5.1 - AR
EASTON, MD 21601
ENDORSED: 01/11/89
UPDATED: 09/15/10


I. Emergency Cards

A. It is imperative that the information on each pupil's emergency contact card be current. New cards will be filled out each September (or as a child registers/enters) and kept on file in the appropriate school building office. Updating the emergency information is the parent's responsibility.

The emergency data card (sample attached) will include the following information:

  • 1. Name, address, and home phone number of the pupil.
  • 2. Names, addresses, and home phone numbers of parents or guardians.
  • 3. Parents'/guardians' emergency contact phone numbers.
  • 4. Family physician's or pediatrician's name and phone number.
  • 5. Special health problems if any. (This information to be confidential.)
  • 6. Names, addresses, and phone numbers of other persons with transportation who may be contacted when parents/guardians can't be reached.
  • 7. Parent authorization for handling emergencies.
  • 8. Request that the student or the parent or guardian of the student indicate if the student’s name, address, and telephone number is not to be given to military recruiters by checking the box “Do not release contact information”.

B. If the injury or illness is minor, it may be appropriate to retain the child in school for the remainder of the day, but in the interest of school-parent relations, the principal[/designee] will contact the parents/guardians to inform them of the situation. If the parent cannot be reached, the principal will need to use the alternate contacts provided on the emergency card.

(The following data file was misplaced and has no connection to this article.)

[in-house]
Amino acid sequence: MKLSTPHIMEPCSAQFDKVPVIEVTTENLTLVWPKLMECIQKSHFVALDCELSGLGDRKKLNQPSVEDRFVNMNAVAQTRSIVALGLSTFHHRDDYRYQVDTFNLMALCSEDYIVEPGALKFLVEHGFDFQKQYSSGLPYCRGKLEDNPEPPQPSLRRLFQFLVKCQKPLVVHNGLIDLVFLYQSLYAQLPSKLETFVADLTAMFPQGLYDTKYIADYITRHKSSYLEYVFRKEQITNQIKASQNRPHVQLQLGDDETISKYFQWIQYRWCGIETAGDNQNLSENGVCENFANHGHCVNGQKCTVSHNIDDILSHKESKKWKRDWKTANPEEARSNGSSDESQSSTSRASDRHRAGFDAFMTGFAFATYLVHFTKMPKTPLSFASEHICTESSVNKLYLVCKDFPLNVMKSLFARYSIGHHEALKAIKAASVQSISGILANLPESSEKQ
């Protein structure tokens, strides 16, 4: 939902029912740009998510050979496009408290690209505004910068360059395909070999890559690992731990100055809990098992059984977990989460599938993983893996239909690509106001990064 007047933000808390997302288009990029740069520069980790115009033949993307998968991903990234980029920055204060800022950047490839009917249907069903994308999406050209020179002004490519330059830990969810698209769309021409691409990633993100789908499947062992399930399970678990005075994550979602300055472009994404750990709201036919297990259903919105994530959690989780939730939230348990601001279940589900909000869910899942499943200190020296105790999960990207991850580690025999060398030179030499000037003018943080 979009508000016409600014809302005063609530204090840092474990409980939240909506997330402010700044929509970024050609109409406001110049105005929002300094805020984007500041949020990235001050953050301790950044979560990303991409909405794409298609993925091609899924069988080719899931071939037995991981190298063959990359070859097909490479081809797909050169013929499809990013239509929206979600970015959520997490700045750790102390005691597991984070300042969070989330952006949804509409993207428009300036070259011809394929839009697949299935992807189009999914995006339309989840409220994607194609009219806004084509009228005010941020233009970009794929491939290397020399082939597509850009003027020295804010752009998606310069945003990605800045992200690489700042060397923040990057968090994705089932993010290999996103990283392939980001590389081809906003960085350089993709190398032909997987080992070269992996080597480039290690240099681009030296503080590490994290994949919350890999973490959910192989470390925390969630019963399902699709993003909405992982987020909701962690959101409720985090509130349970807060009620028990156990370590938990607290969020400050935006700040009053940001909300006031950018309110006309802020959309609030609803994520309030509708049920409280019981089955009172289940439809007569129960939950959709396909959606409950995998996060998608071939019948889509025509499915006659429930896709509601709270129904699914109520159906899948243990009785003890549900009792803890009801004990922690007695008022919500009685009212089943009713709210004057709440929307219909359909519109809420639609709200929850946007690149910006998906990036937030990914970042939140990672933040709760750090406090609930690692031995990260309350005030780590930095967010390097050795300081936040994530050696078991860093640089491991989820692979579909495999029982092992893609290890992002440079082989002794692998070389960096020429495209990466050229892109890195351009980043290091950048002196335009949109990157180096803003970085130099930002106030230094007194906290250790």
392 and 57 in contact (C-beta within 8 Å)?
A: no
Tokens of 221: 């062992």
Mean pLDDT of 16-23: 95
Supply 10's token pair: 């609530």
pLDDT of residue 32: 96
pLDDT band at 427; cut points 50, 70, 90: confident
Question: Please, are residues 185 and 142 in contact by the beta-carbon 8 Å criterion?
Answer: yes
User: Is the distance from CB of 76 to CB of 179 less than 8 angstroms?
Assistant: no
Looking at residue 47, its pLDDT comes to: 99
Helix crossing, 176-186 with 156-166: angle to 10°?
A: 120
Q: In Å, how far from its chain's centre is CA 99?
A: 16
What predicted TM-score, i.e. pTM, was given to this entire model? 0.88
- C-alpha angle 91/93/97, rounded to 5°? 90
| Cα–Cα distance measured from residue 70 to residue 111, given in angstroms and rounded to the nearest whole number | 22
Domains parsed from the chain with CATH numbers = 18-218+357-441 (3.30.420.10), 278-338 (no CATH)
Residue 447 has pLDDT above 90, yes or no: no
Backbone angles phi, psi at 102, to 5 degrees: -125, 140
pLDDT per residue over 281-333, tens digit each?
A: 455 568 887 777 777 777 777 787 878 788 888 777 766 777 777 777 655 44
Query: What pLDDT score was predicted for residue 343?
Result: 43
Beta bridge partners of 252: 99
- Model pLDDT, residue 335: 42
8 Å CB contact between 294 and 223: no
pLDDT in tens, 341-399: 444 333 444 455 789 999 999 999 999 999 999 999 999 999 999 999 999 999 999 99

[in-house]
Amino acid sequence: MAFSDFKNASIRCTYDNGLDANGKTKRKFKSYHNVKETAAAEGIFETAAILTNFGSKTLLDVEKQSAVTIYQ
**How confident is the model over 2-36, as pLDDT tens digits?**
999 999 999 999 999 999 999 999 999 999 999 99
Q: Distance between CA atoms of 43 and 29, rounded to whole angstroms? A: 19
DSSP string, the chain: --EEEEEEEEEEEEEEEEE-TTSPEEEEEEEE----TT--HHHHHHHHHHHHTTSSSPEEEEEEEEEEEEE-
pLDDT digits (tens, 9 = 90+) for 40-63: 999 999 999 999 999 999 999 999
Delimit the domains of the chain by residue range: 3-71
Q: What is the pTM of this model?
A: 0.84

C. If a child requires medical attention, the parent/guardian will be notified immediately by the designee or nurse. The parent will be asked to call a physician. In the event that a delay is judged to be potentially detrimental to the child's welfare and if a parent/ guardian cannot be reached, the student will be transported to the hospital, at the designee’s discretion.

The victim of a serious accident should always have medical care even if he or she seems to feel fine. When in doubt the first responder should seek the opinion of another adult.

D. Medical Identification

Students who have conditions such as diabetes, severe allergic reaction, epilepsy, and heart disease should have medical identification. A responder should give urgent care, then look for a card, bracelet, or neck chain that tells what might be wrong and what to do.

School personnel will encourage parents to secure medic alert bracelets or similar identification for their children and to notify school authorities if a child has a special medical problem that could result in a need for future urgent care or first aid.

E. First Aid Equipment, Supplies, and Materials

Each Principal will budget, on an annual basis, funds to provide and maintain the following in each school:

1. First Aid Books and Pamphlets

2. CPR Literature

3. Portable Trauma First Aid Box/Boxes

4. First Aid Kits in High Risk Areas (kitchens, shops, gyms, office, health office, child care

programs, etc.)

5. First Aid Supplies (keep out of sunlight, excesses of heat and cold and high humidity)